Smith said he had observed Green going in and out over the years. “He used to come over and mow the grass, check his mail, but I believe he’s staying there now,” said Smith. 

Smith said last week was the first time he’d seen Green put trash out by the end of the driveway for the city to pick up. 

Smith said he works at Peerless Gear and was working there from 5:30a until 3:30p Monday – Thursday. Smith said he went to bed around 9p.

Smith said he saw the construction on the property including a trench that was dug out to the edge of the street and said he saw them putting in windows. 

Smith said he believes Green had been living there since January 2020. 

Wilder talked to Smith about a yard barn that sits between the two properties and has blocked part of Smith’s view of Green’s property for the past 2-3 years. 

Wilder asked if anyone spoke to Smith about Green’s political issues and Smith answered yes. 

Wilder asked who came to see him and Smith pointed to Ackerman. 

Smith said Ackerman came and talked to him after the election. “He asked me what I knew, what I’d seen, what I think is the truth. What my opinion was,” said Smith

Leatherbury asked what Smith told Ackerman. “That I hardly ever seen him. Never spoke to him and never seen him.”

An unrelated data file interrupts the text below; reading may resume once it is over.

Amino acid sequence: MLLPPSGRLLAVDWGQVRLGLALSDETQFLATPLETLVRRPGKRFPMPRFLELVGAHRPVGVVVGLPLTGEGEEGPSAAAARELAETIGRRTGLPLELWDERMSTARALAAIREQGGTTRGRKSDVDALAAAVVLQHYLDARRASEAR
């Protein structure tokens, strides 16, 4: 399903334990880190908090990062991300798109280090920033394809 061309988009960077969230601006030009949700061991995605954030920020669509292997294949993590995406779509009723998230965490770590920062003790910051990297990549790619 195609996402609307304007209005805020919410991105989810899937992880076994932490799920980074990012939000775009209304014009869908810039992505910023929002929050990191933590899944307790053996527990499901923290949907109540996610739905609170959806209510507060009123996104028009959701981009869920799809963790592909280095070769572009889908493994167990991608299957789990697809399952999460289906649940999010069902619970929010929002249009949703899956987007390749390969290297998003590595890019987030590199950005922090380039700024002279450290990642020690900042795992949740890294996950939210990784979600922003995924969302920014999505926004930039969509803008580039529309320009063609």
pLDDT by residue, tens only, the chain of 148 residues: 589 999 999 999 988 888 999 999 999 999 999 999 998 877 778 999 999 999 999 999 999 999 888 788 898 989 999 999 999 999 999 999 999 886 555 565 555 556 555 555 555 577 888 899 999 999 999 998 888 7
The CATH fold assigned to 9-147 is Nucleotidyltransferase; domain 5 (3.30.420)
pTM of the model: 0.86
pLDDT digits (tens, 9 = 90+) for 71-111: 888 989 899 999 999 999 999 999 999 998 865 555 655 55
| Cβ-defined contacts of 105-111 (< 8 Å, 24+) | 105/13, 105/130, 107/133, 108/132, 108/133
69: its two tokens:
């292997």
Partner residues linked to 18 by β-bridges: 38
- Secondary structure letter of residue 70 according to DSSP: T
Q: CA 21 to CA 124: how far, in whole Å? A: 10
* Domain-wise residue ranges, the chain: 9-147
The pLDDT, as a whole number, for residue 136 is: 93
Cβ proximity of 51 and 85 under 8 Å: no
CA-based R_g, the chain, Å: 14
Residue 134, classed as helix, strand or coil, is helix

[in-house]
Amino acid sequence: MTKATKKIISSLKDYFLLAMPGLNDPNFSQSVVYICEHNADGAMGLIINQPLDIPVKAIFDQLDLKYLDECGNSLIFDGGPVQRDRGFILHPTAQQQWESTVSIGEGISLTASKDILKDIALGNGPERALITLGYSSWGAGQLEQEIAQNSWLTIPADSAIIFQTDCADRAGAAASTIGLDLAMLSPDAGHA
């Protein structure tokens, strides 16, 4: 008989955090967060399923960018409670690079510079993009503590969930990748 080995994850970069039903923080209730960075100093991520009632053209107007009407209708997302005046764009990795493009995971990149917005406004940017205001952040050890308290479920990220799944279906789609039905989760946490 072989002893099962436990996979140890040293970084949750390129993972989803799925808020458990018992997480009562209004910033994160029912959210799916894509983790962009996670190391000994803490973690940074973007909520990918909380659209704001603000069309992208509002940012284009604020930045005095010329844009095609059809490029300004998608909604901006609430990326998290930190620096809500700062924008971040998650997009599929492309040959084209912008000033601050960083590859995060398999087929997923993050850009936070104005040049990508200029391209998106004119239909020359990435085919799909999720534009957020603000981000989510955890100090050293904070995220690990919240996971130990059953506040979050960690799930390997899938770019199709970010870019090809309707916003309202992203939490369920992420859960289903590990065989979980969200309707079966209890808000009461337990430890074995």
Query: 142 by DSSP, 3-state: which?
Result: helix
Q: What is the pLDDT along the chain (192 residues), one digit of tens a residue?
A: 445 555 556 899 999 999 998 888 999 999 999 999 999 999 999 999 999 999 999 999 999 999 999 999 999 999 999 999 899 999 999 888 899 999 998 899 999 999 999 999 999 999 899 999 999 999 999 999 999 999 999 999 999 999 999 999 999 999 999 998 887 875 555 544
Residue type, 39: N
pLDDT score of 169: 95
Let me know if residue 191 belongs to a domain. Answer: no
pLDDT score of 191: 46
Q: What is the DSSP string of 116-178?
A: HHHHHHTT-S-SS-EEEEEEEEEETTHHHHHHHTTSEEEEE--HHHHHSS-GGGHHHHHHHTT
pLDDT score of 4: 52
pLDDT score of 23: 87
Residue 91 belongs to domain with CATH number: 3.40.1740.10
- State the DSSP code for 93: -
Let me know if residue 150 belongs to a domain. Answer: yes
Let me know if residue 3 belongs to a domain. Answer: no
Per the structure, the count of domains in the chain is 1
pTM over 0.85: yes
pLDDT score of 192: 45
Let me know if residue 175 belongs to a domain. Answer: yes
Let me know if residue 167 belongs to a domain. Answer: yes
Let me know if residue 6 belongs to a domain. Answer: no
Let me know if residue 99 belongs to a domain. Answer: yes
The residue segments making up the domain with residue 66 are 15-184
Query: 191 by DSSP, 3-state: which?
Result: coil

Smith went on to say that he thought the lights came on and off at night like they were on a timer. 

“I wouldn’t see anybody over there or see any activity for days,”said Smith. “Then I look over and the lights are on.”

Smith said again that he thought Green started staying at the property in January. 

“There’s only one person who knows that and that’s him. My opinion is he started staying there in January,” said Smith. 

Sabrina Burdine, Executive Director of the Washington County Economic Growth Partnership.

She said she’d lived at 921 East Rudder Road for four years and had worked at the WCEGP for 13 years. 

Burdine said she had an office in the Washington County Courthouse and also an office at City Hall.